April 24, 2023
By Molly Rosbach
At least seven deceased California condors from a northern Arizona population were infected with highly pathogenic avian influenza this spring, the Oregon Veterinary Diagnostic Laboratory at Oregon State University has found.
As of April 17, the U.S. Fish and Wildlife Service had reported a total of 20 deceased condors in the Arizona flock, with 10 confirmed positive for HPAI, including those tested at OSU. OSU is currently testing additional deceased condor samples for HPAI. The deceased birds to date represent nearly 4% of the condor population left in the world.
The OSU laboratory detected HPAI in samples from 11 dead condors from the Arizona population. Seven of those have been confirmed by the U.S. Department of Agriculture’s National Veterinary Services Laboratory, and OSU lab supervisors are awaiting final confirmation on the last four samples OSU tested.
The same virulent H5N1 strain of avian influenza has been responsible for the deaths of more than 40 million egg-laying hens in the U.S since the current outbreak began in January 2022, with the losses also contributing to rising egg prices. The virus, which has no cure, is spread via bird-to-bird contact and also affects many mammals.
There are only about 500 California condors in the world, so a highly pathogenic, highly contagious disease hitting the species is alarming, said Kurt Williams, director of the diagnostic laboratory housed in OSU’s Carlson College of Veterinary Medicine.
Due to many human factors including poisoning, shooting, habitat degradation and the collection of eggs and feathers, California condors nearly went extinct in the 1980s, with a population low of 22 birds. Conservation and breeding programs have helped increase their numbers, but the birds are still at high risk, especially from lead poisoning caused by eating carcasses full of bullet fragments left by hunters.
“Their numbers are low enough that any individual leaving the population prematurely is an important event for the species,” Williams said. “This is a species that has made a remarkable recovery through conservation, and now to have this disease hit is pretty devastating.”
The 20 dead condors this spring were part of a population that spans several national parks in northern Arizona and southern Utah, with the first deceased female in the flock collected on March 20, according to the Fish and Wildlife Service. The carcasses were all sent to the National Fish and Wildlife Forensics Lab in Ashland, Ore., for necropsies to determine cause of death.
Spleen samples from the birds were then sent to the diagnostic laboratory at OSU, where technicians extracted RNA and conducted PCR tests to identify the virus, said Donna Mulrooney, quality assurance manager in the laboratory.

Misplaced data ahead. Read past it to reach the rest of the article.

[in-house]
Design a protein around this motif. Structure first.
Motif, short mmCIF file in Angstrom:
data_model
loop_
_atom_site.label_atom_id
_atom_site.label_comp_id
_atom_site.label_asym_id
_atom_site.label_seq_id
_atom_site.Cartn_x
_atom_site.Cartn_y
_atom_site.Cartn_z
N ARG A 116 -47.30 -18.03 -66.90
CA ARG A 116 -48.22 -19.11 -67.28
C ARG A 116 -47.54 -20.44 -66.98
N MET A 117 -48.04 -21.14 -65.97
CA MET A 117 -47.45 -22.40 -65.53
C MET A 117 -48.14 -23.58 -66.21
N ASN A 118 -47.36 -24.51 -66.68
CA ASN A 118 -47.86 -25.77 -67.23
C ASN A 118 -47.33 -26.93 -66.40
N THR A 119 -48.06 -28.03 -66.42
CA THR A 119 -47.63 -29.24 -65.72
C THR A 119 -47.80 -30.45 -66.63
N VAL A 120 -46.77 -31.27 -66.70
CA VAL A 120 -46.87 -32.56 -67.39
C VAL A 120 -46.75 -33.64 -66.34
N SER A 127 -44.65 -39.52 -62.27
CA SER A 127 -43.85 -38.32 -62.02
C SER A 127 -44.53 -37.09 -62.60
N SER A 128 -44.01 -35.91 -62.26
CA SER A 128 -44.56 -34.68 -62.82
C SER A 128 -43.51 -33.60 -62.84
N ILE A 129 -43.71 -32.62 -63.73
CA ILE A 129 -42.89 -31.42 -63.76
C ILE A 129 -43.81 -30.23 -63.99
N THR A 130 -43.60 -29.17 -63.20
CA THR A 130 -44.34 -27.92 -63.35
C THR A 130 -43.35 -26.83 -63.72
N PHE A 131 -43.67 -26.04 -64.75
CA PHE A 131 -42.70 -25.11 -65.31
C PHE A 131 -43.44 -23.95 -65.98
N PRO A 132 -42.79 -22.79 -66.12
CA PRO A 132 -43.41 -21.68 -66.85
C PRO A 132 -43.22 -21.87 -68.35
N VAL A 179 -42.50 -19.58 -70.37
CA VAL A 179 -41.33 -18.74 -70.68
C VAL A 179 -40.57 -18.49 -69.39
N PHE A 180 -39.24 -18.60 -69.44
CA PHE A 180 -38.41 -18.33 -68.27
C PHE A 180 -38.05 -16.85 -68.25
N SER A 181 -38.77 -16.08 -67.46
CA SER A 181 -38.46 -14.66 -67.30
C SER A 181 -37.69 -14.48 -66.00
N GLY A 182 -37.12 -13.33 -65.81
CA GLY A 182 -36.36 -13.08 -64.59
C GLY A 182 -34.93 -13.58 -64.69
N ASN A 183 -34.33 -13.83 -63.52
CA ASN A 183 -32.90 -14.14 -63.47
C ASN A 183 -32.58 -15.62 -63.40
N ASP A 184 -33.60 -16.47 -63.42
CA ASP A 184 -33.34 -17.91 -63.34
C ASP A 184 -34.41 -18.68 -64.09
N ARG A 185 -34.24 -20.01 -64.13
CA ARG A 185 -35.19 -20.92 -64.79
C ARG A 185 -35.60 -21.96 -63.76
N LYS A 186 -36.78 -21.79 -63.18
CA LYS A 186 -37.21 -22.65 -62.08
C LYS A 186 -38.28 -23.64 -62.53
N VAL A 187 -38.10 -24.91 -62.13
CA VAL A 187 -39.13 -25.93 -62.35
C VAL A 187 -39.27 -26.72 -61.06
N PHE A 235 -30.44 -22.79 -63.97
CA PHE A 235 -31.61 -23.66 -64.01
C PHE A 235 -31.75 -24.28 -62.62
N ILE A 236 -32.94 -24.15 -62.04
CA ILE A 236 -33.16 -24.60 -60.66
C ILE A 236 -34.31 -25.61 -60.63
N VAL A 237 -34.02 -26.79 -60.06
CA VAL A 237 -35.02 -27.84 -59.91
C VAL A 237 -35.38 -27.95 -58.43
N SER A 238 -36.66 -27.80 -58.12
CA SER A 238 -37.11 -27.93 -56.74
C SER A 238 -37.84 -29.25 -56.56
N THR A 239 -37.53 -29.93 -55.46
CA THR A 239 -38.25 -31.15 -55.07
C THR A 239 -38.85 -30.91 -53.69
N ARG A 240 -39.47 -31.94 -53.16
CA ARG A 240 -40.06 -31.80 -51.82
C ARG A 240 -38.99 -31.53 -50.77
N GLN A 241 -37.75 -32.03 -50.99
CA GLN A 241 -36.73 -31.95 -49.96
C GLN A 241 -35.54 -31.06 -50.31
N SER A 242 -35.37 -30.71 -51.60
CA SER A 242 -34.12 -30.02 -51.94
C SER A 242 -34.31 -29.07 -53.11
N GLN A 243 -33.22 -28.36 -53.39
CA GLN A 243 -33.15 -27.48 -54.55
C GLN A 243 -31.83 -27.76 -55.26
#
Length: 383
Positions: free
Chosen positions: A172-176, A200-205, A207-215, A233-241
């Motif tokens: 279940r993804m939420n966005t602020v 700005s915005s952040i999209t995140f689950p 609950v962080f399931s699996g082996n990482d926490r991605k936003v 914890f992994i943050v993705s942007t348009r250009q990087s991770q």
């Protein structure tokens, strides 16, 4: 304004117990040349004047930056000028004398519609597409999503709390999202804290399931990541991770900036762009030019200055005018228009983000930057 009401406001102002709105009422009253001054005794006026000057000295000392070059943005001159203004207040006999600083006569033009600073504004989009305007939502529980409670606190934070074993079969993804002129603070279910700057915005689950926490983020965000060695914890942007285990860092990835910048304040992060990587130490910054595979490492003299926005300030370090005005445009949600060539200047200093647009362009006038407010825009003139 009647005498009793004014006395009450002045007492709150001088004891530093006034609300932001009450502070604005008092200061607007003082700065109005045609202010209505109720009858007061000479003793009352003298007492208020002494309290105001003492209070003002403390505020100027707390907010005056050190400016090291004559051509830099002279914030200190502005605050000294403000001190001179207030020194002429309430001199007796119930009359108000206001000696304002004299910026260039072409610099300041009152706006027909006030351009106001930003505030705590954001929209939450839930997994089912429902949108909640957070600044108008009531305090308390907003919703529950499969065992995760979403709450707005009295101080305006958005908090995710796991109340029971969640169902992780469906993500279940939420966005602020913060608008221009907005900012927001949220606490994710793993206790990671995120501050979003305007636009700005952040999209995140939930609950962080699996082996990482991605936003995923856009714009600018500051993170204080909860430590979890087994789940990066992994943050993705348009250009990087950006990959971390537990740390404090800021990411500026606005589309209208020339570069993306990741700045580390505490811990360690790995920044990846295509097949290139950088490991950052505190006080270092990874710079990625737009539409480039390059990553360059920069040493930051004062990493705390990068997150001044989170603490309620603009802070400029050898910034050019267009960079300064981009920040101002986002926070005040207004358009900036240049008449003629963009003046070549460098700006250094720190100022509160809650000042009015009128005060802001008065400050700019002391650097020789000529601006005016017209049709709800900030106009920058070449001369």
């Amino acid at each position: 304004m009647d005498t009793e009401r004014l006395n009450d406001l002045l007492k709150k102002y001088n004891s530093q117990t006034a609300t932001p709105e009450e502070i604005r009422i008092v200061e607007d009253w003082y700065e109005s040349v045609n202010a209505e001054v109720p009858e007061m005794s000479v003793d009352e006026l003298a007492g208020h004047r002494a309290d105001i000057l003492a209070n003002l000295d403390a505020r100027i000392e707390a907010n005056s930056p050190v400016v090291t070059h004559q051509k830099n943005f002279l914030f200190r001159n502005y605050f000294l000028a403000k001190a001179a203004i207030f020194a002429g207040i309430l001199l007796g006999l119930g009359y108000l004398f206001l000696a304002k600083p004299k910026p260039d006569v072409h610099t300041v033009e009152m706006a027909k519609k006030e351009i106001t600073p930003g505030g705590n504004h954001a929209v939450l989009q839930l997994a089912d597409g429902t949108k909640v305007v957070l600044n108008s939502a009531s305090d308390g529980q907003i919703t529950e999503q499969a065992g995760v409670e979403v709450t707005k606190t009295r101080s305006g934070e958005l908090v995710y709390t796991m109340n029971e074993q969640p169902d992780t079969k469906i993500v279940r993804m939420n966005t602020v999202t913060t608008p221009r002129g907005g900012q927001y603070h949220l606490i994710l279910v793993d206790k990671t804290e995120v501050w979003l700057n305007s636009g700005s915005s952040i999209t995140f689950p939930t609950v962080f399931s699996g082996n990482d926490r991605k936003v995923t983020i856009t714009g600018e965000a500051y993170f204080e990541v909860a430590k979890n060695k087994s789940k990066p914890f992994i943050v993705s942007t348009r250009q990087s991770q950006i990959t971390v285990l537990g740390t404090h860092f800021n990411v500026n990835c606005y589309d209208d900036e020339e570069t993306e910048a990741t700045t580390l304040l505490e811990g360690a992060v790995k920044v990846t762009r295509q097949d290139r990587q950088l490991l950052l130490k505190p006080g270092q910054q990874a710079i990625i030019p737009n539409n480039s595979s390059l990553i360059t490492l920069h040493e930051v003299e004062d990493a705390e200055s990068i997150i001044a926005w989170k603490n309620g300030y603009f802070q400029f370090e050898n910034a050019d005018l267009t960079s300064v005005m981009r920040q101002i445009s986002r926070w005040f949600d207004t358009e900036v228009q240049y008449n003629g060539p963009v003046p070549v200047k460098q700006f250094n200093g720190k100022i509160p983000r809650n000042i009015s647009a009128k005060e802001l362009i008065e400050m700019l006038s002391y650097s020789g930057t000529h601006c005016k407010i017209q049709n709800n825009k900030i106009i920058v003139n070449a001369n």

Sent to national lab
Once OSU positively identified avian influenza, the condor samples were sent to the National Veterinary Service Laboratory in Iowa for final confirmation. Seven are confirmed and four are “presumed non-negative,” OSU lab supervisor Dawn Dirks said.
The disease affects several organ systems, primarily the respiratory, gastrointestinal and nervous systems. According to the Oregon Department of Fish and Wildlife, symptoms in birds include lethargy, inability to fly, erratic behavior, loss of coordination, cloudy eyes, swimming in circles and head shaking. Birds typically die within 72 hours of showing clinical signs.
Several factors have made the current outbreak much more severe than previous avian flu outbreaks, Mulrooney and Williams said.
In the past, avian flu was more seasonal, flaring during spring and fall when waterfowl migrate but then subsiding in the offseasons. The outbreak that started in January 2022, however, has not really had an off-season, Williams said.
This outbreak is also affecting a much wider range of mammals, which carries the threat of spreading to humans, though the risk is low and only a few human cases have been reported this year, all outside the U.S.
In addition to both domestic and wild birds, in the last year the OSU laboratory has detected the virus in two feral cats, several skunks, a racoon and an American marten.
The current outbreak has also had a massive economic impact, costing the poultry industry tens of millions of dollars last year and contributing to soaring egg prices.
While the risk to humans is low, people still need to be cautious around wildlife, Williams said.
“Don’t pick up sick or dead birds or mammals; just leave them be and steer clear,” he said.
[Molly Rosbach is a news and research writer at Oregon State University.]
Source: Oregon State University
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